In my case, I prayed over it, picked one of the priests from my parish, and asked him. Rather than catching him after mass, I called him up and left a message, saying I was looking for a spiritual director. He called back quickly and agreed to meet with me. We’re in the initial stages. One of the first thing was to agree that if it became clear to either of us that it wasn’t working, we’d stop with no hard feelings.

A director helps you in growing your spiritual life. This is far more than confession – but in my case our sessions always begin with a confession.

Regarding time – I’ve been told by a former priest that most priests LOVE spiritual direction, even if they don’t “have the time” to do it they’ll make the time, because it can be so fulfilling for them to enter a true discipleship relationship on an individual level.


#5

The ability to give direction is a gift that not all priests have. While there are classes for it, it is not really something you learn, athought the techniques learned in a program are helpful. And directors do not have to be priests. I know many fine religious and lay people who are spiritual directors. I even know some priests and deacons who go to women directors because they like the point of view from someone of the opposite sex. I know that it is one of the reasons I like my SD (who happens to be a priest with much experience in direction). If there is a Jesuit retreat house near you they are all trained in spiritual direction. As someone else noted, being in direction is being in a relationship. I have been with my director for 12 years. Even when he was out of the country for a few years we would communicate by e-mail, SKYPE and phone calls. A big thing also is that you director does not tell you what to do but helps YOU to discern what the Holy Spirit wants you to do, even if the director might not share the same opinion. In fact, his or her opinions should never come into it unless they notice you doing something that goes against the Church or can really keep you from following Christ. For example, for reasons I won’t get into (and it didn’t involve sin), I refrained from receiving communion for a month. My director thought it was very odd, and didn’t agree, but he felt that if I felt strongly that it was what God was calling me to do at the time then so be it and he helped me to get through that period. He suggests things that I just feel I can’t do and we negotiate. So it is a give and take of sorts. But, if he totally insists I do something then out of obedience I do it, for I really do feel the Spirit is acting within him when we meet for direction.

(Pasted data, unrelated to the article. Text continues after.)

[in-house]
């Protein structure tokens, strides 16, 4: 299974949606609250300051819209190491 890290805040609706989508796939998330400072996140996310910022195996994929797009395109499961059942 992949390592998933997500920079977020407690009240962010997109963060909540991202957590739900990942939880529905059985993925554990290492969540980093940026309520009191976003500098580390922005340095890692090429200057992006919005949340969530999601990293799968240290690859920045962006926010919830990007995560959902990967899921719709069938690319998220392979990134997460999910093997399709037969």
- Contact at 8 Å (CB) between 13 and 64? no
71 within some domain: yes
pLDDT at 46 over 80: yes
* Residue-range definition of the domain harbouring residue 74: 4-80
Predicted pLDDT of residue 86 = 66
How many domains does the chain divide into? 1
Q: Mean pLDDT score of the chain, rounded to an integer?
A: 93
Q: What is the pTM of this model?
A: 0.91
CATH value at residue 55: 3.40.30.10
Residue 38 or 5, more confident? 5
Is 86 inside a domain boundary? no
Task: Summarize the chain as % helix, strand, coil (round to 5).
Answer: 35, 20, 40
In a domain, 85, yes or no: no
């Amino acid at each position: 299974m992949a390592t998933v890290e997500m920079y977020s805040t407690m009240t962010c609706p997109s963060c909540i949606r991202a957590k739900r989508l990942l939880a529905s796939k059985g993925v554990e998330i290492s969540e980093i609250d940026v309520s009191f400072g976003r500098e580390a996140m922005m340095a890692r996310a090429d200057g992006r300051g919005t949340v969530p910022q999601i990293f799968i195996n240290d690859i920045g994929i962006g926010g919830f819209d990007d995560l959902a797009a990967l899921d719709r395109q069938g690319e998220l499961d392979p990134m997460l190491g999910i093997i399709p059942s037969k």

#6

My dear friend

Anyone can be your spiritual director. A priest is best but the person you choose should be holy, orthodox and very knowledgeable about the spiritual life. The SD is only supposed to be a minor assistant to the great director - The Holy Spirit whom I like to call the Holy Spirit of Love. I would ask around but more importantly ask the Holy Spirit to help you choose one and ask Him to start directing you right now. Be sure to spend plenty of time in prayer with Him so He can help you. It’s He who will be your main director, He will help you gain in holiness and knowledge and understanding and He will help you in more ways tham any of us will ever know. You can also ask His Spouse, our Blessed Mother to pray to Him to help you. We can’t even say a word of prayer without His help so pray to Him and be devoted to Him. He will sanctify you.

God bless you:thumbsup::slight_smile:
John


#7

I wanted to reply to all of you yesterday, but by the time I got to it I was just too tired :rolleyes:

Thank you all. You all bring up some wonderful points and I’m very glad I posted this thread, for my sake and the sake of everyone else who needs or wants a spiritual director. I have decided, based on your posts, that I need to pray to be pointed to someone who can do the job, and not to go making a “search.” I will also keep company with good Catholics, priests and otherwise, and keep my eyes peeled for a good candidate.

God bless you all,
-S-


closed #8